Here I was all ready to begin posting more about Paris and Champagne this week, when mid-bike commute Wednesday morning I got doored! While it's pretty self explanatory, for those of you not familiar with the term, getting doored is when a driver in their parked car opens their door towards an open lane of traffic at the exact moment a bicycle passes by, hitting the bicyclist and in my case sending him over the handle bars, ricocheting against a stationary vehicle in the right hand lane (smashing their right tail ight in the process) and slamming to the ground. So my left collar bone (also known as the clavicle) is broken. Fortunately, the bike frame and fork are in good shape; only the front wheel and a few other parts need replacing.

So a reminder to anyone who drives, especially in areas populated by many bicyclists (like Mission St btw Valencia and Cesar Chavez where my accident happened): LOOK! in your rearview mirror and behind you before you open your door. Just make it a habit and do it.

And to bicyclists: for me this was further proof that you can never be too careful, especially on busy city streets. Always take your time, know your surroundings and constantly assume the worst of drivers. Expect that they don't see you and ride accordingly. If it means you can't ride as hard on a busy street, then so be it.

PSA over. Back to baguettes, brioche and natural wines in Paris soon. Maybe even later this afternoon.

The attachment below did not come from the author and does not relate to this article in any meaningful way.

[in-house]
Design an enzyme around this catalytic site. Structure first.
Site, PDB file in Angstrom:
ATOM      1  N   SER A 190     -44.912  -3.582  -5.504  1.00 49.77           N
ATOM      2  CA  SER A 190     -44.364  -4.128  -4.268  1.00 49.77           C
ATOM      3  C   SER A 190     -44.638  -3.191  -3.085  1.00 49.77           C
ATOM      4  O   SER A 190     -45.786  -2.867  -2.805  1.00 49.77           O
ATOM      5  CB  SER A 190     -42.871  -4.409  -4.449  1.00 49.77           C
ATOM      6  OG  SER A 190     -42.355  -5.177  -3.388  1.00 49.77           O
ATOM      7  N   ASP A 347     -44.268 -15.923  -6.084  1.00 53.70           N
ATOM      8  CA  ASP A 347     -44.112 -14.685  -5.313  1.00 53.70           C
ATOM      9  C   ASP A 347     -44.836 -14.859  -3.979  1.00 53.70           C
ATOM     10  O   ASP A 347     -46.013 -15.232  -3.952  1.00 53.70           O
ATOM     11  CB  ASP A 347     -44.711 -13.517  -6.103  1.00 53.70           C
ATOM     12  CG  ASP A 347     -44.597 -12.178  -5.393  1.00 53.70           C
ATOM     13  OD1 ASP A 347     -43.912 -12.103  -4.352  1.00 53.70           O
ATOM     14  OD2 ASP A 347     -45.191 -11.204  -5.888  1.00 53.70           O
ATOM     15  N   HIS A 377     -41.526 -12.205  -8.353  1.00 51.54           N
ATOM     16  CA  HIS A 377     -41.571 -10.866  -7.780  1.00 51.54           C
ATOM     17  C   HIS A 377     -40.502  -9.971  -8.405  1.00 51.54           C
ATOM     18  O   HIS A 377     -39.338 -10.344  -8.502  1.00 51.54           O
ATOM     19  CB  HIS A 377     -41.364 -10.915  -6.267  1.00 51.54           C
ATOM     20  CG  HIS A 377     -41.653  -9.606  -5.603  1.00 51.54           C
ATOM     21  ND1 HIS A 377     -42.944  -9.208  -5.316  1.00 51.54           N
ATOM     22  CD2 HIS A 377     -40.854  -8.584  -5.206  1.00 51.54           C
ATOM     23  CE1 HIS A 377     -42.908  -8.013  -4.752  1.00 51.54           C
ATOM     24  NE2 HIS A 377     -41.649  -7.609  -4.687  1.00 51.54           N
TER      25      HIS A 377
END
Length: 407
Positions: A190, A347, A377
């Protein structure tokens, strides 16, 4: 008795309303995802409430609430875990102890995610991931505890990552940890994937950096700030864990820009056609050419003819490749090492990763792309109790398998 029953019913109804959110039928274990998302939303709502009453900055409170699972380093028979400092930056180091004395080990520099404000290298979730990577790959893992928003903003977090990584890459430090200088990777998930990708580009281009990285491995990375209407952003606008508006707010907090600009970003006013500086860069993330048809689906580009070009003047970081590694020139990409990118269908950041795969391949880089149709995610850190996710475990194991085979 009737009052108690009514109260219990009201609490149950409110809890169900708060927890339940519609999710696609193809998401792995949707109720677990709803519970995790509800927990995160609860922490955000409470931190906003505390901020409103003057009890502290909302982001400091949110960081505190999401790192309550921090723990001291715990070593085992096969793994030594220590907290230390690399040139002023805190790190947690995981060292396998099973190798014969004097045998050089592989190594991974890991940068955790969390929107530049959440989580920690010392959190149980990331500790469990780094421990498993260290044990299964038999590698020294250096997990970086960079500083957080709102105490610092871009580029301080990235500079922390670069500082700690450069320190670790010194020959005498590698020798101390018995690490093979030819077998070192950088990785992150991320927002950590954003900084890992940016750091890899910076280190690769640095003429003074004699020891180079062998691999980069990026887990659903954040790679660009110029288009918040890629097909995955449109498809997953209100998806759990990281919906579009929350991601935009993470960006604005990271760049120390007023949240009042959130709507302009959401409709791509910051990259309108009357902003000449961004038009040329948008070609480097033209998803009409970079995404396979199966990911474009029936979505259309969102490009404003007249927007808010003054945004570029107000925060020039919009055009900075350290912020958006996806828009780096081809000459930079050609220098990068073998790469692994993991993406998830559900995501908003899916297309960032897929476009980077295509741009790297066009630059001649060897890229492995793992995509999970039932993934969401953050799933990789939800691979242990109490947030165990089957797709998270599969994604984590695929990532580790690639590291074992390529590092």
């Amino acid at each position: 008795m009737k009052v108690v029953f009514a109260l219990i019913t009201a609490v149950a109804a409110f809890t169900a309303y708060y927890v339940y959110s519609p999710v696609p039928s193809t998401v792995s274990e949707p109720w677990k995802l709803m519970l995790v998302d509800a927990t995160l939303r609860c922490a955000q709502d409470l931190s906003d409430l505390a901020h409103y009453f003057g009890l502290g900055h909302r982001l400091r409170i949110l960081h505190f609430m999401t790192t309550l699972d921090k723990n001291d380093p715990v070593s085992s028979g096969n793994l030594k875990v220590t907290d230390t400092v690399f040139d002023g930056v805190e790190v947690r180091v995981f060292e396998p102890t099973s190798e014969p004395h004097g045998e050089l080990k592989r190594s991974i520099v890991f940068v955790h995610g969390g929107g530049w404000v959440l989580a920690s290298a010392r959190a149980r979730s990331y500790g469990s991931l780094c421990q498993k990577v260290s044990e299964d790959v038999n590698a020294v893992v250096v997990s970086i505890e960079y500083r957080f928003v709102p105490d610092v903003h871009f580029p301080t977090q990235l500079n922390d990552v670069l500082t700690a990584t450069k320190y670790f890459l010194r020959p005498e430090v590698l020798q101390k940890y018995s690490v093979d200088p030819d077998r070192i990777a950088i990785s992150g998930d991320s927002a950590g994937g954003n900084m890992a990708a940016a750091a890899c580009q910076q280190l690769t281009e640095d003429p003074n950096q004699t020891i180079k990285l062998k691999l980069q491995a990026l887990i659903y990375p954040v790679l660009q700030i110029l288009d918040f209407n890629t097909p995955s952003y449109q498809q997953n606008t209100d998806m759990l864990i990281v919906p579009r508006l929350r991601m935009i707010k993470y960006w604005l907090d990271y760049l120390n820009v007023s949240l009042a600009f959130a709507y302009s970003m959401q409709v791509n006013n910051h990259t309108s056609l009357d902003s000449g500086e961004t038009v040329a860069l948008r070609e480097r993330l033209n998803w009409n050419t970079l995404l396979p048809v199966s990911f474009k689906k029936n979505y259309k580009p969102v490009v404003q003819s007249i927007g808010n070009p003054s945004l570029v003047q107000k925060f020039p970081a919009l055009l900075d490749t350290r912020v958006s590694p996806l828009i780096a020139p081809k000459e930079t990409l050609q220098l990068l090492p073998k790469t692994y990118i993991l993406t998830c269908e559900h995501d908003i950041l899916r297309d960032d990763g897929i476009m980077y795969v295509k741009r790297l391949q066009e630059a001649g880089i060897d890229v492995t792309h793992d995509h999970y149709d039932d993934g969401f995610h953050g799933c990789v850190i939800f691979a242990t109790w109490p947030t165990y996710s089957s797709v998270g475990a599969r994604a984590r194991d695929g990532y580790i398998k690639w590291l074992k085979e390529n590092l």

Tuesday, April 14, 2009

Brief Piedmontese interlude in the midst of a French focused posting spree

Italian staff tasting at work today. While there were some other wines I thought well-made, one stood head and shoulders above the other 20 or so in the crowd. It is from a producer many of you probably know and respect, though I see a lot about his Lessona DOC wine on the blogosphere and less about this wine below from the Bramaterra DOC.

2005 Tenuta di Sella Bramaterra

The fact that this is still such a pretty, finesse driven and highly nuanced wine in this warmer vintage is clearly attributed to lots of experience (both handed down and lived) as well as a commitment to producing authentic, terroir driven expressions in this cooler climate, northerly zone of the Piemonte. A blend of 70% Nebbiolo, 20% Croatina and 10% Vespolina, this wine's pretty aromatics tend towards raspberries and small red fruits growing on bushes, as well as floral notes. Some shades of earthiness come into play as well. Fresh on the palate, with a light touch and again the small red berries. This is my favorite young Piedmontese wine I've tasted in a long time.